Andy is a Professor of GeoSciences at the University of Edinburgh, and an Adjunct Research Professor on the Doctoral Program in Anthropology at the City University of New York, USA. His research is focused on understanding environmental change over timescales from decades to millennia, and their significance for human society. A key theme is the development and application of tephrochronology, a dating technique based on the identification and correlation of volcanic ash layers. Between 2002-7 Andrew co-directed a Leverhulme Trust Programme Award for the study of ‘Landscapes circum- Landám: Viking settlement in the North Atlantic and its human and environmental consequences’. He is currently embarking on two follow up programmes, ‘Footsteps on the edge of Thule’ which will assess the interactions of Norse and indigenous peoples in Greenland and Arctic Scandinavia (also funded by the Leverhulme Trust) and an NSF Office of Polar Programs IPY project on ‘Human ecodynamics in the Norse North Atlantic’.

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The use of gold mineralogy to establish potential sources of gold exploited during the Bronze Age in Ireland

Dr. Rob Chapman, 23rd February, 2006

The importance of Au to ancient societies has encouraged many archaeologists to search for the sources exploited in antiquity. These projects generally involve detailed studies of artefacts and comparison of their chemical characteristics with those reported for natural Au. However, descriptions of natural Au are frequently inadequate for provenancing studies, and the compositional variability of the material is not widely recognised. The present study describes a new approach to gold provenancing using the technique of microchemical characterization in which populations of gold grains are classified according to the alloy compositions and the assemblages of micro-inclusions of other minerals. This technique, originally developed to identify sources of alluvial gold during Au exploration, has proved applicable to provenancing studies in four main areas. Firstly, microchemical characterization of artefacts grouped according to archaeological criteria can indicate the number of sources exploited in relation to time and artefact taxonomy. Secondly, knowledge of the total variation in chemical characteristics of natural Au from a particular region provides an excellent database for provenancing and reduces the need for exhaustive sampling. Thirdly, it is possible to predict how Au alloys were modified during fabrication as a consequence of assimilation of mineral inclusions. Finally, identification of inclusion phases in artefact Au can provide information on metallurgical practices.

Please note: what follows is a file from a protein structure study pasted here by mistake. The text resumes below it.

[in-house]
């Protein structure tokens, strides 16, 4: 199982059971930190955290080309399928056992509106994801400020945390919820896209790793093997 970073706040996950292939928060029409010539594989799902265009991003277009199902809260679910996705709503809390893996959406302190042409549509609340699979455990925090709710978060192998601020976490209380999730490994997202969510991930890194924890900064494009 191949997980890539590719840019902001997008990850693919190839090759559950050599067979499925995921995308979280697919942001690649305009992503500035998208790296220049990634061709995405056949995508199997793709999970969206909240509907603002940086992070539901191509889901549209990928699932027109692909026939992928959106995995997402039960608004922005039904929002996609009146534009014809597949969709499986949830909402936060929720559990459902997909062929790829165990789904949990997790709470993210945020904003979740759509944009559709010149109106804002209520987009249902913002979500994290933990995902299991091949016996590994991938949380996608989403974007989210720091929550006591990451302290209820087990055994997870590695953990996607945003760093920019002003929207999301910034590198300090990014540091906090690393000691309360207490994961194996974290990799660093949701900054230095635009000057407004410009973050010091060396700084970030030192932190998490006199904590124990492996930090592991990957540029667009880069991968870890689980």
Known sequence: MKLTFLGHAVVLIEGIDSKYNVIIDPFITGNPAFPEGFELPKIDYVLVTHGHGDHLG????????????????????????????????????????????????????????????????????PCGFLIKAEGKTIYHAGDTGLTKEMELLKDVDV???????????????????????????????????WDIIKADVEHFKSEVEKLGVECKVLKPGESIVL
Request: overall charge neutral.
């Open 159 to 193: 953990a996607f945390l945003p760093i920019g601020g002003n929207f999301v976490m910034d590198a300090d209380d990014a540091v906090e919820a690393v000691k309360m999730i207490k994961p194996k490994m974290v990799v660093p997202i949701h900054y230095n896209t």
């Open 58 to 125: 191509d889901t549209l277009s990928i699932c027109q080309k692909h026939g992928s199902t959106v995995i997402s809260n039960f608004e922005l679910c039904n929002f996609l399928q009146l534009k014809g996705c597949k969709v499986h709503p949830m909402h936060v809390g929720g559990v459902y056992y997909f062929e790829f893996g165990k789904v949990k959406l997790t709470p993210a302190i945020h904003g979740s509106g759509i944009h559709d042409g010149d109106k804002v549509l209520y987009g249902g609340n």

These principles have been applied to the search for the source of Au used for the unique traditions of prehistoric Irish metalworking. Studies of 180 Irish Au artefacts belonging to 4 major metalworking traditions dating from the Early Bronze Age (2400 BC) to the Iron Age, (150 BC) show that each group exhibits distinctive Ag and Cu contents. Parallel studies of 2267 natural Au grains from 58 alluvial localities and 4 bedrock localities throughout Ireland reveal a broad pattern of alloy compositions consistent with style of mineralization and host geology. The ranges of Ag contents of Early Bronze Age and Middle Bronze Age artefacts suggests that the Au source lies within Lower Palaeozoic sedimentary rocks of the Southern Uplands Terrane and significantly, that the same source (or sources) were used in both periods. A different source of relatively Ag-rich Au, (most probably at Croagh Patrick, Co. Mayo), was exploited in the Late Bronze Age. Iron Age artefacts have Ag contents higher than natural Irish Au. Evidence for evolution of metallurgical practice during the Bronze Age is provided by the increasing Cu content of the gold alloys (to levels far in excess of natural gold) and the nature of inclusions in artefacts of different ages. Elevated Sn in Cu-rich alloys suggests deliberate or accidental alloying with bronze.

This approach has provided the first clear indication that only a few individual indigenous Irish sources of Au were used during the Bronze Age and that their relative importance changed over time. Future archaeological investigations may adopt a geographical focus that was not previously possible.

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Iron in clay minerals: a curse or a cure?

Dr. Claire Fialips, 17th November, 2006